Haftar forces battle jihadists in Libya second city
Fighting is raging in Shaabiyat al-Tira area of Qafunda district, on western edges of coastal city of Benghazi.
Haftar's forces are aligned with Tobruk administration
BENGHAZI (Libya) - Forces loyal to Marshal Khalifa Haftar, who control large parts of eastern Libya, said Thursday they were locked in fierce fighting with jihadists in second city Benghazi.
Fighting was raging in Shaabiyat al-Tira area of Qafunda district, on the western edges of the coastal city, said Mohamad al-Jali, a spokesman for Haftar's Libyan National Army (LNA).
A correspondent in Benghazi said the clashes broke out at dawn and since then warplanes have been pounding jihadist positions almost non-stop.
Haftar has managed to retake a large part of the eastern coastal city of Benghazi from jihadists since it came under their control in 2014.
But the jihadists still control Qafunda as well as the central districts of Al-Saberi and Souq al-Hout.
On Monday, Haftar's forces said they had routed the jihadists from Abu Sneib neighbourhood in Qafunda, after two days of fierce fighting that killed nine LNA soldiers.
Six more LNA soldiers were killed in fighting also on Wednesday as Haftar's forces pressed with a major offensive to push the jihadists out of all of Benghazi, an LNA spokesman said.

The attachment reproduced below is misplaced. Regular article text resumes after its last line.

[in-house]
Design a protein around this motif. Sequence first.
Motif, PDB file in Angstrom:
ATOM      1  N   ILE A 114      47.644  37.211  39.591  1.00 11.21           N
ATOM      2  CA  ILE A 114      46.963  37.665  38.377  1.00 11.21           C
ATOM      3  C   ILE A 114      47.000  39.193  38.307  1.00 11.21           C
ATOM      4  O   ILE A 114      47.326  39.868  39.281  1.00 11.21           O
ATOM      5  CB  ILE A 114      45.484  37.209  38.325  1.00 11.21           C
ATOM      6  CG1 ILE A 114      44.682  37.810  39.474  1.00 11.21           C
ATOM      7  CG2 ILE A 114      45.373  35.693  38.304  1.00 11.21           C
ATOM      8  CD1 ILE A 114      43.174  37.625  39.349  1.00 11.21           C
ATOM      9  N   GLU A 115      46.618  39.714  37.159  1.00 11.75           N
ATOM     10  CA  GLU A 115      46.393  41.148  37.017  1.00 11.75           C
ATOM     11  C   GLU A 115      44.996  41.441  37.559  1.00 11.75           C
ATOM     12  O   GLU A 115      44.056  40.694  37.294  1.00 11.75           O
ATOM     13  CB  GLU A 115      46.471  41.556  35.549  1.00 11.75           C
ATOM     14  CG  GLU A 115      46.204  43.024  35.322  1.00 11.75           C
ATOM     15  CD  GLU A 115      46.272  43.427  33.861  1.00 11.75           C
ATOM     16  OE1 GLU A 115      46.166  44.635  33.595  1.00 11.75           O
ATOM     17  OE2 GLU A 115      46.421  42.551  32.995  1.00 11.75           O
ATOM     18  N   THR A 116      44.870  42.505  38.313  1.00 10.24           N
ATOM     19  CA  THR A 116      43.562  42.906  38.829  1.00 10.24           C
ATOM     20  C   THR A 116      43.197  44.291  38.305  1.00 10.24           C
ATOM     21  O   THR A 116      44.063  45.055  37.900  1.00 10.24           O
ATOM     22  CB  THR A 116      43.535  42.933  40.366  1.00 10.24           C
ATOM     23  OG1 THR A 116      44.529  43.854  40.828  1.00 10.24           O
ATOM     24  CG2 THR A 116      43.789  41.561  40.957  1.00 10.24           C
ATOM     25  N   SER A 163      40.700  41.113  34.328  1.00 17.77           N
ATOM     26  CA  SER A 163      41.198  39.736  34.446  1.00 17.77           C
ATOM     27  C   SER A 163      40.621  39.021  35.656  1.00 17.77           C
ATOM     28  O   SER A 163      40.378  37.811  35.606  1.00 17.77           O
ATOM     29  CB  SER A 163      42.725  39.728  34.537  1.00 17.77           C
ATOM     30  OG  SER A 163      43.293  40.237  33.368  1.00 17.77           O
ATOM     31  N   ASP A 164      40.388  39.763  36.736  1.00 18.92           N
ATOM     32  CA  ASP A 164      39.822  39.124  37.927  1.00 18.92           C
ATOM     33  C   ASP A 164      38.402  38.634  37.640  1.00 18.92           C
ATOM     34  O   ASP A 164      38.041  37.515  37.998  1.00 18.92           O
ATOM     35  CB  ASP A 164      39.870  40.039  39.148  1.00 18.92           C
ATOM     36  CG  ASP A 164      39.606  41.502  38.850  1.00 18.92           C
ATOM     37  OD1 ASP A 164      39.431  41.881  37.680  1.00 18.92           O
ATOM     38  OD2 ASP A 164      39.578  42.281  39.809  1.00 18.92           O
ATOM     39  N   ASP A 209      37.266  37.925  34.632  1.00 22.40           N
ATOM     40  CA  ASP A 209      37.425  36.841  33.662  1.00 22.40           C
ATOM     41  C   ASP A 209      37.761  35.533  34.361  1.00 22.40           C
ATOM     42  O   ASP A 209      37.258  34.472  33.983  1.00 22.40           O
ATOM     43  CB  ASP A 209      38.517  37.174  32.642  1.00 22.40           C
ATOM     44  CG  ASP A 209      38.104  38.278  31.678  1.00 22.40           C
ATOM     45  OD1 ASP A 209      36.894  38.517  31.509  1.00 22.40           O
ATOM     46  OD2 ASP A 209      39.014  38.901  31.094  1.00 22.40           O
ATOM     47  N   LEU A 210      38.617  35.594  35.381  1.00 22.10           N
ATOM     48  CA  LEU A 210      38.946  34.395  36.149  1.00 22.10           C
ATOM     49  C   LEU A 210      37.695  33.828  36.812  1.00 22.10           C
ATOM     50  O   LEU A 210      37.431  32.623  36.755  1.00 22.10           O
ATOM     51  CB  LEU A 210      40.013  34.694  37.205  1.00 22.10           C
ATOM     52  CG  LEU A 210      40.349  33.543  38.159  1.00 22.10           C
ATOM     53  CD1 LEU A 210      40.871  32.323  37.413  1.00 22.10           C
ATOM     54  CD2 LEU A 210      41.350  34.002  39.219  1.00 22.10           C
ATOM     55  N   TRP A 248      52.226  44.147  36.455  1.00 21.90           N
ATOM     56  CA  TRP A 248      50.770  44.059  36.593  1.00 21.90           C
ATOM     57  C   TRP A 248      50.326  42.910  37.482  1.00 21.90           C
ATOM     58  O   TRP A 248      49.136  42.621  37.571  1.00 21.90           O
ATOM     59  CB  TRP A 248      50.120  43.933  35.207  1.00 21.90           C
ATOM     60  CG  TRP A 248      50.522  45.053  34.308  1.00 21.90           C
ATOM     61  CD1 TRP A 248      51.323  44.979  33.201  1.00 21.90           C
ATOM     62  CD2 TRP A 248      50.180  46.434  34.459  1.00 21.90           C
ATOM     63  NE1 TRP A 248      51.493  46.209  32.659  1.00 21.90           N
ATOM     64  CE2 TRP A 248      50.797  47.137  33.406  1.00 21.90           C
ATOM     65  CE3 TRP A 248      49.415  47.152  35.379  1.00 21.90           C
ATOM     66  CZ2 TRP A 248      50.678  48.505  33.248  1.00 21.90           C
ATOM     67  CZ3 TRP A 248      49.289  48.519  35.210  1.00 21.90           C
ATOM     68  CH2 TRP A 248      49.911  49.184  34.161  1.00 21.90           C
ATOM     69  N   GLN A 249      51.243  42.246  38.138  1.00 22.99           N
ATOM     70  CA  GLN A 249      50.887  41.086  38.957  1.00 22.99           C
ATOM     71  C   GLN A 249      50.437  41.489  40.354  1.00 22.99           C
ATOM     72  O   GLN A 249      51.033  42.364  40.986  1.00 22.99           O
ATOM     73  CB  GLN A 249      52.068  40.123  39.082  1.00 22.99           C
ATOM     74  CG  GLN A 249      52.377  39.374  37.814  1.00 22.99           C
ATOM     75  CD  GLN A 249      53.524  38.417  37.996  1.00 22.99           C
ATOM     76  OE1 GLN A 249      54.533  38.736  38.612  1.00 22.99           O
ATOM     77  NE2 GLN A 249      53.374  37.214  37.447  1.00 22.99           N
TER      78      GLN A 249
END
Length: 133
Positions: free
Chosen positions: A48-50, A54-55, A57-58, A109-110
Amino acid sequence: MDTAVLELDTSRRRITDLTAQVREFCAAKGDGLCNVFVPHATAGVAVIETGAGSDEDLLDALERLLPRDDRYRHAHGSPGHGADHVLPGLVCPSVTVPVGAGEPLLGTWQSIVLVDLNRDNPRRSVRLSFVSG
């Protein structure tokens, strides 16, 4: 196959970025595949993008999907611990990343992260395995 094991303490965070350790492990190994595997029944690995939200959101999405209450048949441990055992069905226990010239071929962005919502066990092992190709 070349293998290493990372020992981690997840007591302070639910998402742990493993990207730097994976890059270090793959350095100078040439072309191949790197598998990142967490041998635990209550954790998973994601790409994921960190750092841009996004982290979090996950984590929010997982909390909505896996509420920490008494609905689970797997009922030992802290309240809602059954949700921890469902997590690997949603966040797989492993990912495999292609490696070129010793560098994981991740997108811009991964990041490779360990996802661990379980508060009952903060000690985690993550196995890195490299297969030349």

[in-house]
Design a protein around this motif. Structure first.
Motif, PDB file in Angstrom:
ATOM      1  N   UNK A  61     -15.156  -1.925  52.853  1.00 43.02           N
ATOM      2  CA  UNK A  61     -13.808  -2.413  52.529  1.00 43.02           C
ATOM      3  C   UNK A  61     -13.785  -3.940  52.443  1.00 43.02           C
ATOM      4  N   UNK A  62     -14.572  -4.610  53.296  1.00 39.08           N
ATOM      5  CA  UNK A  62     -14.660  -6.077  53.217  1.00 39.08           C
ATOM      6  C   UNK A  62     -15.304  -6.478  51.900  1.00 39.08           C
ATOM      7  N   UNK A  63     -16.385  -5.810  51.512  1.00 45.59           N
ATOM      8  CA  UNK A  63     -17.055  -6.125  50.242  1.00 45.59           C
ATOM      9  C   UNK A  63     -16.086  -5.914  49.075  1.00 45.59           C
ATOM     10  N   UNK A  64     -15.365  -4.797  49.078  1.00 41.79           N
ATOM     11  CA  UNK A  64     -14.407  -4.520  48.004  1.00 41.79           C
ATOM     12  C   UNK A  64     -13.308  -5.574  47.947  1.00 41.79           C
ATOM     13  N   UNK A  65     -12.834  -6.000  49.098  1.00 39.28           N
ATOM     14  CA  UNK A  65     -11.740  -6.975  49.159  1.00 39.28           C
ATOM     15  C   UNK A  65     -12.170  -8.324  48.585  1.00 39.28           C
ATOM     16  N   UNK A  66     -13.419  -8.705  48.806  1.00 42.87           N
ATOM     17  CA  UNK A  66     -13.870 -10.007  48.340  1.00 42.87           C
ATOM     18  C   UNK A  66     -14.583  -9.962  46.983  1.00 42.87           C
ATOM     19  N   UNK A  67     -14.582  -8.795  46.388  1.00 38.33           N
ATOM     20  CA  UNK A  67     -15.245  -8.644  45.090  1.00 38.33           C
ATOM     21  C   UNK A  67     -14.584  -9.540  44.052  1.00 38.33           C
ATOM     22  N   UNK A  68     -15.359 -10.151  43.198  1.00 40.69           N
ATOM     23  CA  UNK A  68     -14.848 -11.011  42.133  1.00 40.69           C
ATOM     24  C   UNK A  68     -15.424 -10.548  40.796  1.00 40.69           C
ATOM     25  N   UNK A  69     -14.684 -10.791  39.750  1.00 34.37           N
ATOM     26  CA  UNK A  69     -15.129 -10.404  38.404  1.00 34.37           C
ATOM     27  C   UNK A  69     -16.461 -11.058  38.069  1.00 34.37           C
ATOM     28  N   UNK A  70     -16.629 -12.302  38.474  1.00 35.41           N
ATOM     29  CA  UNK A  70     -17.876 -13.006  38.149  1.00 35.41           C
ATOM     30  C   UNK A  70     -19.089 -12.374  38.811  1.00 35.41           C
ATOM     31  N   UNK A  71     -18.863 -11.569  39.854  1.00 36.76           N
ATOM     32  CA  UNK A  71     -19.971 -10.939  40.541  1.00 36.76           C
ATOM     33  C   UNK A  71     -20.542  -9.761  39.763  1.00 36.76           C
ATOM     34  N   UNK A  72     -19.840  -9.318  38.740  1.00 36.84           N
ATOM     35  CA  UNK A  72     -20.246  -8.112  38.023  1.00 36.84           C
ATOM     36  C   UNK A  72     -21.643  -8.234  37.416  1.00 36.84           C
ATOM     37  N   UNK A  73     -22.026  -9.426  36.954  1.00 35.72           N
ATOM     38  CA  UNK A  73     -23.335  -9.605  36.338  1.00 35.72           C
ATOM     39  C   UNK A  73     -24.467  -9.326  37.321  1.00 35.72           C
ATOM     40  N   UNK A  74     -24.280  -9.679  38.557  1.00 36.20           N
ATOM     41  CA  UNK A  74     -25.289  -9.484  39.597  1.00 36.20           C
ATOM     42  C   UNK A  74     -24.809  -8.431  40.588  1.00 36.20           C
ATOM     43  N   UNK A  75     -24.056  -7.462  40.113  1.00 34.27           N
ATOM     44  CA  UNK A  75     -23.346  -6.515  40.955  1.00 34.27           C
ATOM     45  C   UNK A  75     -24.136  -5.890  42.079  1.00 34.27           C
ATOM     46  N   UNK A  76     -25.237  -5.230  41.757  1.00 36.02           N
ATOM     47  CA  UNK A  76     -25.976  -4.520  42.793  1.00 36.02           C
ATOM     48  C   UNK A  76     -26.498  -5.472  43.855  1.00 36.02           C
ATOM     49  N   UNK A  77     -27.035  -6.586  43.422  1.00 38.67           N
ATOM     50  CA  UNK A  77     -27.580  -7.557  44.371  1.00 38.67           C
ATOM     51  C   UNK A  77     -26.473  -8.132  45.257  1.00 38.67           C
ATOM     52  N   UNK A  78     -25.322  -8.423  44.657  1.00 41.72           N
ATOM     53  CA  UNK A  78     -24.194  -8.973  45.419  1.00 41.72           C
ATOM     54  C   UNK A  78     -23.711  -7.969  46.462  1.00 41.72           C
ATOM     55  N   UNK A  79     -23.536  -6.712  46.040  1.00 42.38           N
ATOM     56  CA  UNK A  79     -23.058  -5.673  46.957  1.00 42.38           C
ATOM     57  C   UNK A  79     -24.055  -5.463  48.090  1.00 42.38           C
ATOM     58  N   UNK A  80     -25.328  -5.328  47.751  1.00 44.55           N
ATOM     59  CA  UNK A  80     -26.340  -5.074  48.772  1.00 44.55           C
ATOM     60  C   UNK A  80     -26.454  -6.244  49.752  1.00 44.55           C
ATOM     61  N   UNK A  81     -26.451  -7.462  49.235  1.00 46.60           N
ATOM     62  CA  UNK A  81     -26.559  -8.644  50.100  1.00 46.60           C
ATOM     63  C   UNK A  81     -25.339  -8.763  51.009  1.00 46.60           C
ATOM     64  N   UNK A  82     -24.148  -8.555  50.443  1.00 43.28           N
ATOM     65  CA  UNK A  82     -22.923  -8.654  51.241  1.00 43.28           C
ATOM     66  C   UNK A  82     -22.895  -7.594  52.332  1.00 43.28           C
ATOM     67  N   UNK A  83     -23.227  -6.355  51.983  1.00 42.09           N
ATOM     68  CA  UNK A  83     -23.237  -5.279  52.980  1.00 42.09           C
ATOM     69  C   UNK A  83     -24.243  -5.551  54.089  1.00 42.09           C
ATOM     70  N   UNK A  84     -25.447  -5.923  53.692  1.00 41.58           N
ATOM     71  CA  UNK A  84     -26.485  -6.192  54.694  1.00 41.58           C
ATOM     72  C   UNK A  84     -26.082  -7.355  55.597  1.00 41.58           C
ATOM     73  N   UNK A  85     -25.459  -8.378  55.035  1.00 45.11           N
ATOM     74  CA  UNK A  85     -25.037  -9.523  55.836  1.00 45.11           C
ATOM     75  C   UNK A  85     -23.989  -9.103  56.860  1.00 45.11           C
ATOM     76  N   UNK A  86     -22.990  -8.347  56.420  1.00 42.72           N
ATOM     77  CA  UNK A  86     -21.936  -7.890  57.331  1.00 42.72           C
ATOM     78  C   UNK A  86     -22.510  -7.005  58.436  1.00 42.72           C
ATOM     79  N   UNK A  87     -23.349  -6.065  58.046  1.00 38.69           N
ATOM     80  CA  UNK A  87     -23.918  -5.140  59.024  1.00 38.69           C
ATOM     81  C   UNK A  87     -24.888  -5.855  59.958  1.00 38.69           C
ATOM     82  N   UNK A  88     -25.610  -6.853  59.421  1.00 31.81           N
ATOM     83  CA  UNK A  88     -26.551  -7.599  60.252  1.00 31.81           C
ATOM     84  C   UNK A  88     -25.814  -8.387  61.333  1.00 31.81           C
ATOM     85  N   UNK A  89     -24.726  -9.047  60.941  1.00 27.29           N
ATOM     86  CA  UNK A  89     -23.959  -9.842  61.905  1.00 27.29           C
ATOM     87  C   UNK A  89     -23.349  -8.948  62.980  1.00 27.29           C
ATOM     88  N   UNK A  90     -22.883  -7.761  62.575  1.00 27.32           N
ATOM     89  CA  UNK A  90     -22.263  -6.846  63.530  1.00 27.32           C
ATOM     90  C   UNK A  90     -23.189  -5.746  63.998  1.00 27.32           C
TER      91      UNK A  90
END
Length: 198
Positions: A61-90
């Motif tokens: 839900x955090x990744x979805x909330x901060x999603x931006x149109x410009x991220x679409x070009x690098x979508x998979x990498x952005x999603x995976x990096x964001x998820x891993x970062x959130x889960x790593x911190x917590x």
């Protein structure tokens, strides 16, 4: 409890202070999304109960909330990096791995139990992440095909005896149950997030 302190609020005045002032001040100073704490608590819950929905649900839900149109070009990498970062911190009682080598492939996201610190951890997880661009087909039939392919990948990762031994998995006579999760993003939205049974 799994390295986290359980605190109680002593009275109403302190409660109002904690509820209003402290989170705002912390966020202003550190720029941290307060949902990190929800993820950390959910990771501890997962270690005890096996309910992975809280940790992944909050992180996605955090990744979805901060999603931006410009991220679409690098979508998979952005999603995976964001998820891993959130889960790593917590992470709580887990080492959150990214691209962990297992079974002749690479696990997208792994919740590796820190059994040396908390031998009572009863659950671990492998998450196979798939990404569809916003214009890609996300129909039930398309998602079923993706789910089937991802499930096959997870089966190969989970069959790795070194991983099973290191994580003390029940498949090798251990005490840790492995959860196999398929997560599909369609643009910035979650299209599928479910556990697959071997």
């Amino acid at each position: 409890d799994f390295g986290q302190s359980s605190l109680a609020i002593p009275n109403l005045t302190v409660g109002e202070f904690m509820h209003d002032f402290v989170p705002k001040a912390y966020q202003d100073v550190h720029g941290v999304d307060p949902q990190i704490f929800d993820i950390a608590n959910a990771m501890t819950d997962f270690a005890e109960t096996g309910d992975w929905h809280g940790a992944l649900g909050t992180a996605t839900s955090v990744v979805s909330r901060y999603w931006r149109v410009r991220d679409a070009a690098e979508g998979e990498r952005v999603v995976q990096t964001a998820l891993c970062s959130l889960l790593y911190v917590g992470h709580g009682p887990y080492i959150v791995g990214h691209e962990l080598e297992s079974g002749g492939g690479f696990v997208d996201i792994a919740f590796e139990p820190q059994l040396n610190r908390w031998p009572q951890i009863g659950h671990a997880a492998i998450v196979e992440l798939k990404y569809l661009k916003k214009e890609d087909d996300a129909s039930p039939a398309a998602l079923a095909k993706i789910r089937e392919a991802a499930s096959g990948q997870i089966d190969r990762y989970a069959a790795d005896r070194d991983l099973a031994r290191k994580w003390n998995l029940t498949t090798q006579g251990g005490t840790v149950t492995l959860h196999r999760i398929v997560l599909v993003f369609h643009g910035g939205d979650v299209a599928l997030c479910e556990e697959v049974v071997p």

It was not immediately clear if Thursday's fighting caused casualties.
Around 60 soldiers have been killed in clashes in and around Benghazi since January 1, according to the LNA.
The spokesman said Haftar forces would suspend temporarily the fighting in Benghazi to give safe passage to three families trapped in the Qafunda area.
The jihadist groups include the Revolutionary Shura Council of Benghazi, an alliance of Islamist militias that comprises the Al-Qaeda-linked Ansar al-Sharia.
Haftar, a strongman accused by his rival of wanting to install a military regime in Libya, enjoys the support of Arab states including Egypt, the United Arab Emirates and Jordan.
On Wednesday he visited a Russia aircraft carrier off the coast of Libya, in the latest sign of growing relations with Moscow.
Benghazi was the cradle of the 2011 uprising that toppled and killed dictator Muammar Gaddafi.
Libya has since fallen into chaos, with a UN-backed unity government failing to assert its authority over the country.
The parliament based in the eastern city of Tobruk has refused to recognise the Tripoli-based Government of National Accord.
Haftar's forces are aligned with the Tobruk administration.